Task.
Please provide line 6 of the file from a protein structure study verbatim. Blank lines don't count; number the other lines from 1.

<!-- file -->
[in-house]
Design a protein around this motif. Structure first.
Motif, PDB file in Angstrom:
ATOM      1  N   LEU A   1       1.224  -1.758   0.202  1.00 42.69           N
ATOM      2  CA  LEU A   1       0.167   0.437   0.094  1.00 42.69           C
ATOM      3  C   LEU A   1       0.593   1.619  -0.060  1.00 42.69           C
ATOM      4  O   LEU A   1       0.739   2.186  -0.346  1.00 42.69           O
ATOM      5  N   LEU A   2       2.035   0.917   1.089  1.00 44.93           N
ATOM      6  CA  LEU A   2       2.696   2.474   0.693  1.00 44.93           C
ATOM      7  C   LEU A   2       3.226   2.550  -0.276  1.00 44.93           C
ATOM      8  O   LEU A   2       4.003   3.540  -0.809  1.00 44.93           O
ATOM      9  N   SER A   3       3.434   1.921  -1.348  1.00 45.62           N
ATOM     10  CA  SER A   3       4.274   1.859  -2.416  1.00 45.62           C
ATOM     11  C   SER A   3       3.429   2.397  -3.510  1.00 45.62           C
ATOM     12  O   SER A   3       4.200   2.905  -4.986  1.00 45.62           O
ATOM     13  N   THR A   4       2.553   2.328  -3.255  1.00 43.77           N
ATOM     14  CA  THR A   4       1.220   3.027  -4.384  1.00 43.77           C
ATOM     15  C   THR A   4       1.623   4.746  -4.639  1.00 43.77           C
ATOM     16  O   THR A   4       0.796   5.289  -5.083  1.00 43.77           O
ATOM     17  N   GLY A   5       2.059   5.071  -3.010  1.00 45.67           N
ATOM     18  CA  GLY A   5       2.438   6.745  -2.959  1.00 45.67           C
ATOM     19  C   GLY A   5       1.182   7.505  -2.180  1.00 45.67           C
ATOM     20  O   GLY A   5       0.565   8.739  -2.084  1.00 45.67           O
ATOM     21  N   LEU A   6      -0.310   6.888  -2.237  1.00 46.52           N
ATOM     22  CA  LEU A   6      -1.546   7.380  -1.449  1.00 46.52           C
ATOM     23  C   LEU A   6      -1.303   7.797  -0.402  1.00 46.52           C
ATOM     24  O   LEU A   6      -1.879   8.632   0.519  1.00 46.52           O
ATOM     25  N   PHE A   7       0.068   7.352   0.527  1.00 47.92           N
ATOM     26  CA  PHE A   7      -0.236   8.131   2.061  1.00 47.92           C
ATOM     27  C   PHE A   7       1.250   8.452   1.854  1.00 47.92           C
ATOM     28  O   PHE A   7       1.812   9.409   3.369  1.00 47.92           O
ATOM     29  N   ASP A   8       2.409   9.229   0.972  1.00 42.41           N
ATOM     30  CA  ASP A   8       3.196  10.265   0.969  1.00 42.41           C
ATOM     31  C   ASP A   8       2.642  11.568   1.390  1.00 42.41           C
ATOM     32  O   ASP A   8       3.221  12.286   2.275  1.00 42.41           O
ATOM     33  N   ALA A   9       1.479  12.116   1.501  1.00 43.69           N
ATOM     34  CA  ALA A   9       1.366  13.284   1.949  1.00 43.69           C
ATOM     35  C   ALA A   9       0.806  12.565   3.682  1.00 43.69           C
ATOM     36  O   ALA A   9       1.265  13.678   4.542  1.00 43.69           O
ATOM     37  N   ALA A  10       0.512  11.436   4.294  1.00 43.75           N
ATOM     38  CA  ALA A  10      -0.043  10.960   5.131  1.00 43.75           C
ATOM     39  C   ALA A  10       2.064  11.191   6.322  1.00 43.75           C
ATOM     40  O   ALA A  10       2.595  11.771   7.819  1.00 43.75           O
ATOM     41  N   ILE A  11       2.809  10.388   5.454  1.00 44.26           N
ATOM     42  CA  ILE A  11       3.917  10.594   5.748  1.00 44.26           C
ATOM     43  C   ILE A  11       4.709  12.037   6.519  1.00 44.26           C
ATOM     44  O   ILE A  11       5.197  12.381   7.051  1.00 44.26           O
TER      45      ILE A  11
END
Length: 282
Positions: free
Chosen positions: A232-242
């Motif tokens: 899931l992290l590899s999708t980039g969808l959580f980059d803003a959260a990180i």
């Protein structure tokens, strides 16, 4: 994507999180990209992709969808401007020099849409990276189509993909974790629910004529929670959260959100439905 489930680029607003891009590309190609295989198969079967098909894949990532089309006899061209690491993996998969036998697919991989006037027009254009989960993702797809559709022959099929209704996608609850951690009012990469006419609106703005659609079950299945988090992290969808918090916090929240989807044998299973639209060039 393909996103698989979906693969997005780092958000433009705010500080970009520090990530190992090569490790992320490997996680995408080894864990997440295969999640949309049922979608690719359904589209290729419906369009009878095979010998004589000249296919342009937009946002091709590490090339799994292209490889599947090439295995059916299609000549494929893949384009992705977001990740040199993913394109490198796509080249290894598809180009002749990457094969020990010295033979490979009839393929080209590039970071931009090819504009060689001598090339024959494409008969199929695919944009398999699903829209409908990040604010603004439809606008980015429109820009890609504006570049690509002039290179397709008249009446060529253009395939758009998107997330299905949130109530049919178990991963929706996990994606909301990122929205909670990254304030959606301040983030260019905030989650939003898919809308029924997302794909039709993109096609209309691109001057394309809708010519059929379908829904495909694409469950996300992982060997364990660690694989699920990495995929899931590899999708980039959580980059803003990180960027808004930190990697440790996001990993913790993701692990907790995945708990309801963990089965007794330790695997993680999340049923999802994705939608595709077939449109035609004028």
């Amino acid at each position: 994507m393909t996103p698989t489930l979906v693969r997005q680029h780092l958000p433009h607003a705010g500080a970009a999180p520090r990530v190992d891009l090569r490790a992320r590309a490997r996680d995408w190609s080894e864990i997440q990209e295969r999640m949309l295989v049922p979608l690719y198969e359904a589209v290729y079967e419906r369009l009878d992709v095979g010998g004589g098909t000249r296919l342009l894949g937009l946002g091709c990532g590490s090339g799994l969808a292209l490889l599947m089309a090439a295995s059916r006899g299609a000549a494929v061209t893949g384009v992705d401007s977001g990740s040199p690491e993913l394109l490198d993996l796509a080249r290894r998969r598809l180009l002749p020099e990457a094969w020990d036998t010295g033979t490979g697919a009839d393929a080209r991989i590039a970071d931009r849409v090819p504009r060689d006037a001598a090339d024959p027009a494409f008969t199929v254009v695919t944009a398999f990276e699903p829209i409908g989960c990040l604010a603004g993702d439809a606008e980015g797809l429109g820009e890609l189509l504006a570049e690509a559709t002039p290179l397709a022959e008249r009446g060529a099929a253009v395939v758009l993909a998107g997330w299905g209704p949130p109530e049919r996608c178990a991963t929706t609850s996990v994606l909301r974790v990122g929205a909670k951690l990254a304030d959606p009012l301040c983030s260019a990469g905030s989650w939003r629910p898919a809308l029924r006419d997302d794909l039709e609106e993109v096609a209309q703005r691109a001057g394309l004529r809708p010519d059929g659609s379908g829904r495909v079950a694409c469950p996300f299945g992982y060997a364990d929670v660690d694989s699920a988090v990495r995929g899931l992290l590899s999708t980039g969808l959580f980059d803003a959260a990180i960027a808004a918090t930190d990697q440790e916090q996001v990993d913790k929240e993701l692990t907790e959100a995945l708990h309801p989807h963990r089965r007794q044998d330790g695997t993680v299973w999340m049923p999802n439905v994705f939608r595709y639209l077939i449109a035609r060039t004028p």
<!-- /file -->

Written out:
ATOM      3  C   LEU A   1       0.593   1.619  -0.060  1.00 42.69           C